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Apple Opens New R&D Center In China, Bolstering Relations With Shenzhen's Tech Community

15 October 2016, 9:03 am EDT By Horia Ungureanu Tech Times
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Apple bolstered its ties with Chinese manufacturing partners by announcing a new R&D center in the country. The facility will be established in Shenzhen, which already houses important names from the mobile industry.  ( Feng Li | Getty Images )

Apple is planning to open up a second research and development center in Shenzhen, making it the second city to receive the company's attention after the $45 million facility built in Beijing.

Shenzhen used to be famous for its knockoff iPhones and iPads, but the Chinese manufacturing hub has started to resemble Silicon Valley more and more. The latest evidence is Apple's intention to deploy a research and development center in the tech hub.

To underline the importance of the development, Apple's helm, Tim Cook, flew to Shenzhen this Tuesday, Oct. 11 to celebrate the new center.

Economic Daily, a local news outlet that Quartz translated, reported that Apple's leader commended Shenzhen for its manufacturing capabilities.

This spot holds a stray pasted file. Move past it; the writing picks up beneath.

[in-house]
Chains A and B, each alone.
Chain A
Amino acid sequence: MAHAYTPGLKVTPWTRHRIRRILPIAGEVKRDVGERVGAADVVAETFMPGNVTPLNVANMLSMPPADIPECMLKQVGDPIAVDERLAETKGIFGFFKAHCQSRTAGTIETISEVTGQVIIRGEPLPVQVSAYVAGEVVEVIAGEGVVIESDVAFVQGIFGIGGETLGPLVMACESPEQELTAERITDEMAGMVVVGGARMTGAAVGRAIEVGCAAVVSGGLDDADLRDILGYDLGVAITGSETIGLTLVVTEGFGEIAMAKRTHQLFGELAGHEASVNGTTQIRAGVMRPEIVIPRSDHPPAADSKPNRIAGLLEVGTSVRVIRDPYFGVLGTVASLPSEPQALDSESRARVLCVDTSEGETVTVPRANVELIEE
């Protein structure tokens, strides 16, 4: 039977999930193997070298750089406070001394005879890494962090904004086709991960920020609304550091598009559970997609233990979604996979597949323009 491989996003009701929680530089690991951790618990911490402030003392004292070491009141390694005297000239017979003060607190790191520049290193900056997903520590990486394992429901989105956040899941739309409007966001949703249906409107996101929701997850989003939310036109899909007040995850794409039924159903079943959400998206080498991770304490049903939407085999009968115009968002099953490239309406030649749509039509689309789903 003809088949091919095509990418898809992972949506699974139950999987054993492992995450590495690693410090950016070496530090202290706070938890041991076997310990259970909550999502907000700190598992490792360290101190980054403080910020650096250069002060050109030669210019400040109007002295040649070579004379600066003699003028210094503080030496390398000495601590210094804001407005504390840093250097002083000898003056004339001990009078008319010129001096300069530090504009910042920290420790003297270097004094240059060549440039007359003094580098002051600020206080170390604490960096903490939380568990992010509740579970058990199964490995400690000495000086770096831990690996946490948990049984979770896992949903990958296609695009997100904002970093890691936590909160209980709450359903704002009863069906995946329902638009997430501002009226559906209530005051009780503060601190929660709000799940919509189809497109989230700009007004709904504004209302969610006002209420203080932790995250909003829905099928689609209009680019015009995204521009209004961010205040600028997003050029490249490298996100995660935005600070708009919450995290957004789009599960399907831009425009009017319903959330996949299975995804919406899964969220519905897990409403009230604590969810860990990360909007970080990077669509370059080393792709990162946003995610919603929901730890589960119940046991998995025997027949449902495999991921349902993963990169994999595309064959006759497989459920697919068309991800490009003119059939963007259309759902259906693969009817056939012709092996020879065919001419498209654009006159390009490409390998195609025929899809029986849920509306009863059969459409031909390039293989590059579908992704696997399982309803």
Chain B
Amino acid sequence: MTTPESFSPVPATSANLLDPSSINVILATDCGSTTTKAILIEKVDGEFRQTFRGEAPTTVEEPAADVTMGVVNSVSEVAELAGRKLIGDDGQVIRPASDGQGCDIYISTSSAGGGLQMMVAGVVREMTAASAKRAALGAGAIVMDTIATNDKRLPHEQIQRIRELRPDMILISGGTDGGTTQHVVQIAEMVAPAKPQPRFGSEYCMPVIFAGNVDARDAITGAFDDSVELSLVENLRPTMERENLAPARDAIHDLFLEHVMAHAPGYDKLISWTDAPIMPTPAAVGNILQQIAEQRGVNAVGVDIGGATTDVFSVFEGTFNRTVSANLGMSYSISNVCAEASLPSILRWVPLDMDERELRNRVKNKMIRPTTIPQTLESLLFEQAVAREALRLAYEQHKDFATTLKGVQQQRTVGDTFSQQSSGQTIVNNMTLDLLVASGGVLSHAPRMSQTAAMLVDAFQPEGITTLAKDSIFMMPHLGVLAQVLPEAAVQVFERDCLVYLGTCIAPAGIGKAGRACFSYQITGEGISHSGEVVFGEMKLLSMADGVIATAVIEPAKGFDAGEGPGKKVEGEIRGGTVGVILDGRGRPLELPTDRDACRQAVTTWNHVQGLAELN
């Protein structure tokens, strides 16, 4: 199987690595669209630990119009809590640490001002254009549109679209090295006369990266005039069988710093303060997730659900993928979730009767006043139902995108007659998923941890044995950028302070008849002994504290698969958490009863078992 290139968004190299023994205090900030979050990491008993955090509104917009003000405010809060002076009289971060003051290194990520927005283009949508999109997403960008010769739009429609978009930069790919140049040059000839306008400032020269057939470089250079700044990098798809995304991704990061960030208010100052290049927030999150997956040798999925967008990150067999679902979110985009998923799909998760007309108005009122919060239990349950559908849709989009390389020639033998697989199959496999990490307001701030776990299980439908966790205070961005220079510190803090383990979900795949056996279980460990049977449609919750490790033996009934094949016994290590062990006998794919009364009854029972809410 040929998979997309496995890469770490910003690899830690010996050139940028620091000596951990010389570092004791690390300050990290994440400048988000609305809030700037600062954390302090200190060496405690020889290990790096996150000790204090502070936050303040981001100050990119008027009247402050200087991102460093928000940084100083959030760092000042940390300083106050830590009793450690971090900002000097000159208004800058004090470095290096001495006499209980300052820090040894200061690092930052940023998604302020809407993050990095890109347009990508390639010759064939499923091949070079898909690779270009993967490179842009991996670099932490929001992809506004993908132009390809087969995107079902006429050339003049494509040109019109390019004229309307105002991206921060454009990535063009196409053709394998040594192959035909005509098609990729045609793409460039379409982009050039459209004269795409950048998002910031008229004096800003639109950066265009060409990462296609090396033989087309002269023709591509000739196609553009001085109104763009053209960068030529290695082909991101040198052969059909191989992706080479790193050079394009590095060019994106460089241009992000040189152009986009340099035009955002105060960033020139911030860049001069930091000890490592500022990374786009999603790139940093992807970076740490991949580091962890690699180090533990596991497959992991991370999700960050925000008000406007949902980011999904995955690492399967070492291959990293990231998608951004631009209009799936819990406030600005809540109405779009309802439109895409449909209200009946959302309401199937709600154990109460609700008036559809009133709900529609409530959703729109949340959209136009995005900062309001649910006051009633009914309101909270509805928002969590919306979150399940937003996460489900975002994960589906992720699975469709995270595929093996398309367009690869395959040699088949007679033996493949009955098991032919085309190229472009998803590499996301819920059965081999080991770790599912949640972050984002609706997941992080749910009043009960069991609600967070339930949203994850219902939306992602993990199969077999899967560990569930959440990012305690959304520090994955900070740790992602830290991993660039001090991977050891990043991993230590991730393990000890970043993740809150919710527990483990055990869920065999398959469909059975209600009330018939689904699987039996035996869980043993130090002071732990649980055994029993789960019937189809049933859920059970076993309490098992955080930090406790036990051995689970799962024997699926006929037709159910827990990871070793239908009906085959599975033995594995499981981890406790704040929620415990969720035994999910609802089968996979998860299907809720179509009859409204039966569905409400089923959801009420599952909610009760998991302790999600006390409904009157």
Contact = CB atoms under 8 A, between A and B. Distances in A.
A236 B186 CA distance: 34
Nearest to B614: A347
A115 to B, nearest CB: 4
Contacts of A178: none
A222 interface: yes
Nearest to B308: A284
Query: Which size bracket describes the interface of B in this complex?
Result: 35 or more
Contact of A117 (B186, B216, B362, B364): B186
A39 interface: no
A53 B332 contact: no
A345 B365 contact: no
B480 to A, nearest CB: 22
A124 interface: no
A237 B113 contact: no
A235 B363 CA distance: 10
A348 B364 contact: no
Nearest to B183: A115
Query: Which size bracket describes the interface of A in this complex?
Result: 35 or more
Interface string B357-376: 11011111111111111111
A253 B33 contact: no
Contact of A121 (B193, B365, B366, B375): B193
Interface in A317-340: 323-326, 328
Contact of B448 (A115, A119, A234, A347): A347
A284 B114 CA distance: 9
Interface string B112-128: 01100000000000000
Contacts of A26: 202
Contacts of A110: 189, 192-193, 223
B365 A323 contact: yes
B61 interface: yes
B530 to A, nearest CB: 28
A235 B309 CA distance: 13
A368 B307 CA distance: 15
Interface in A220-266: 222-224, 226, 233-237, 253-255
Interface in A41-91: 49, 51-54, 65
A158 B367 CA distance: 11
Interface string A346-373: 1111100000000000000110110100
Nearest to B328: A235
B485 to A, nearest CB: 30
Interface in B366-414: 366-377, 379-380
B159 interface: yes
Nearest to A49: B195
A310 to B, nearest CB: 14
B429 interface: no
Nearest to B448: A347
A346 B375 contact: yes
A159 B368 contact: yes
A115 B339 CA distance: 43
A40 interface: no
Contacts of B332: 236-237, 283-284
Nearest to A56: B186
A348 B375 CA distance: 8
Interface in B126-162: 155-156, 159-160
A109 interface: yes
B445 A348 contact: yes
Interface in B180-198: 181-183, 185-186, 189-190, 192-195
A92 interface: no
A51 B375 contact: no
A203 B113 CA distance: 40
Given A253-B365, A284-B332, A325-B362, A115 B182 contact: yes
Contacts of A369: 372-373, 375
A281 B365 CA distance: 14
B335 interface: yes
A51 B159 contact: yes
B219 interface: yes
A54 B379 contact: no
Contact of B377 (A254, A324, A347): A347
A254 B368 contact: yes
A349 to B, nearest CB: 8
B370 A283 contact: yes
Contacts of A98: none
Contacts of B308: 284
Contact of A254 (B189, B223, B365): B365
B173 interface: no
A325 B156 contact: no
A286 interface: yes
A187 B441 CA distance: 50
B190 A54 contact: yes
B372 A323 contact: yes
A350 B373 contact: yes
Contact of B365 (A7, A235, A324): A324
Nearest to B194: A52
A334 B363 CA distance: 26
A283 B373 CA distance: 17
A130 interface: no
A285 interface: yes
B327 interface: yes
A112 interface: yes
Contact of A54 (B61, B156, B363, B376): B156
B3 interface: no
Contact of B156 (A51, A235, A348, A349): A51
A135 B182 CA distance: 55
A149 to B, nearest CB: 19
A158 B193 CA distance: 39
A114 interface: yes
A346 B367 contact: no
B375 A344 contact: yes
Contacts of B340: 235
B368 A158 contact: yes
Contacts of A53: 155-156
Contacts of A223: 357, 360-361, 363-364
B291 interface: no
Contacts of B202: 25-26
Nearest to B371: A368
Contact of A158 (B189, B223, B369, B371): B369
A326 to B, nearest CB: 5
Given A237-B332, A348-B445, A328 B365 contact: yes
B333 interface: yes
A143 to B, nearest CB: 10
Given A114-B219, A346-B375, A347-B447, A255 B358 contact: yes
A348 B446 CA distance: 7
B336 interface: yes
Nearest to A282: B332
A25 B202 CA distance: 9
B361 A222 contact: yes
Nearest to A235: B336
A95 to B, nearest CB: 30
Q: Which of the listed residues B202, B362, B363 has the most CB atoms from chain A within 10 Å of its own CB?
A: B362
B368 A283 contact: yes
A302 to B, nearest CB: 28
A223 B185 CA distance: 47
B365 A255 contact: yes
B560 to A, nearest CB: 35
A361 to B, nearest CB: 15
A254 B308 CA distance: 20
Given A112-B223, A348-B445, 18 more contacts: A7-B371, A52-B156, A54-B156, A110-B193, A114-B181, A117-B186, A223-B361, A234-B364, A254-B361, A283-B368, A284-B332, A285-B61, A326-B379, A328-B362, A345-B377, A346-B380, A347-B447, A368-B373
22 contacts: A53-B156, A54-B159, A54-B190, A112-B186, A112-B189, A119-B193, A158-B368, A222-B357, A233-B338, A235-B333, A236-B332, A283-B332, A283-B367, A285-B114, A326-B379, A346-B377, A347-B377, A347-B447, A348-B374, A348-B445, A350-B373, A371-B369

"We realized the skill level of Shenzhen's factories was gradually leading other places in the world," Cook said.

Josh Rosenstock, a spokesperson for Apple, explained in a statement that the Shenzhen facility will enable his company to make sure that engineers are cooperating "closely and collaboratively" with partners from the manufacturing side.

One additional plus of the Shenzhen center is that it will permit Apple to bolster its relationship with local partners. Having two R&D centers in the country should turn Apple into a magnet for talented techies from across China.

It may not be a coincidence that Apple is expanding its presence in the country.

iPhone sales are decelerating significantly in China, and Apple aims to make sure the trend is reversed.

The revenues of the company in Greater China (which includes Hong Kong and Taiwan) plummeted 33 percent during the Q2 2016 when doing a year-over-year comparison. Last year, Greater China ranked as the second biggest market for Apple. This is the worst and the most troublesome signal of all Apple's operating markets.

The low income indicates that the local customer is less interested in the iPhone, as native companies such as ZTE and Huawei are rolling out affordable products that chip away at Apple's fan base.

It should be mentioned that both ZTE and Huawei already have headquarters in Shenzhen, just as drone manufacturer DJI. That should help Apple keep a close eye on its rivals and last, but not least, have a healthy pool of experts to recruit from.

Apple's first R&D center in the country was announced by Tim Cook this August and will be built in Beijing, where it will open up 500 jobs.

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